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Edestus heinrichi xxxxxxxxxxxx ORDER: Eugenedontia 
Super Family: Edestoidea 
Family: Edestidae 
Genus: Edestus 
Species: heinrichi

The photo shows a group of 9 teeth  from a shark in the genus Edestus.  In this genus the tooth bases are enormously enlarged, and up to ten teeth may form in a group.  The bases are very tightly attached to each other (probably by connective tissue) but are not fused. ( The front is to the right ) 

The two left teeth are displaced in this sample, and the very right tooth is broken.  This type of shark shed their teeth and grew new ones throughout their life.  This grouping is called a symphysical tooth whorl.  Most if not all current species of sharks shed their teeth and grow new ones, it is estimated that a Great White shark may shed as many as 2,000 teeth per year. 

Approximate Age: 310-312 million years old.
Location of Discovery: Peabody Coal Co., Marissa Mine
Washington County., Illinois
 

The photo shows two different teeth from the genus Edestus.  The tooth bases were broken off before discovery.  Single teeth like these were probably shed while the shark was alive.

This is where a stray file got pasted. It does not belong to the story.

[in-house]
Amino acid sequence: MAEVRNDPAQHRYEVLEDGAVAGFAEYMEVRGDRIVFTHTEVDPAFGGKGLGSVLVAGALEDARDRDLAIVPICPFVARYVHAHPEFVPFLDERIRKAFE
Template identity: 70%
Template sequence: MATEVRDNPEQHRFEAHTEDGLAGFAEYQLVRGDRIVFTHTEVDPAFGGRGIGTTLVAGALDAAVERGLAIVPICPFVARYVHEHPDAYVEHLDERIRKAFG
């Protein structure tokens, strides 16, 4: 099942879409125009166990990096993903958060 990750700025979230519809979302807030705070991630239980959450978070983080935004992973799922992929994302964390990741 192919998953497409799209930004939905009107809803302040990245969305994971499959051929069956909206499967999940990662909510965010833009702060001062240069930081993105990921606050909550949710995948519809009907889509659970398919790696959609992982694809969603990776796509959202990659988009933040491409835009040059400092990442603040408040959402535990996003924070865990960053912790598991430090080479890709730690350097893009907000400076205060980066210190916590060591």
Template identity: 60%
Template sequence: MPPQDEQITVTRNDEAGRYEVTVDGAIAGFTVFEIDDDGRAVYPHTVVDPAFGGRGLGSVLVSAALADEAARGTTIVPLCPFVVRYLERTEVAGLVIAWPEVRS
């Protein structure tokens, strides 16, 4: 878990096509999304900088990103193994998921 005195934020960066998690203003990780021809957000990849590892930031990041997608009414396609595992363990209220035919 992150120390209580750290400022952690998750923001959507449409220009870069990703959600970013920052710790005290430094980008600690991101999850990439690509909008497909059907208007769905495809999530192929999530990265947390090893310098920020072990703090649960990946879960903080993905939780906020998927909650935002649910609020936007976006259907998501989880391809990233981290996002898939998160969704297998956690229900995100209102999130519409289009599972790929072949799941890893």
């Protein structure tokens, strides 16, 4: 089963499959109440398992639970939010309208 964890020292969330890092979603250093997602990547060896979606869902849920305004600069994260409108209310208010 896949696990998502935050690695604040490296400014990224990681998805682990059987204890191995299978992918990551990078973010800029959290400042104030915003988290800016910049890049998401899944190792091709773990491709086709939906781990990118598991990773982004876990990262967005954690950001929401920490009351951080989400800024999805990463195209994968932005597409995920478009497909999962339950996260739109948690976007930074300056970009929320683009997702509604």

Approximate Age: 310-312 million years old.
Location of Discovery: Peabody Coal Co., Marissa Mine
Washington County., Illinois
This photo is from above, and shows the v-shaped groove into which the next-following, younger (posterior) tooth is nested. The tooth crown for this tooth is to the right of the v-groove.

Approximate Age: 310-312 million years old.
Location of Discovery: Peabody Coal Co., Marissa Mine
Washington County., Illinois
 

The above tooth group would be attached to the jaw by connective tissue.  The jaws and cranium are composed of cartilage and have never been found to petrify in Edestoid sharks. The only remains that are found are teeth and scales from the skin.
Drawing borrowed from: Handbook of Paleoichthyology Volume 3A, Chondrichthyes 1
by R. Zangler ( 1981 )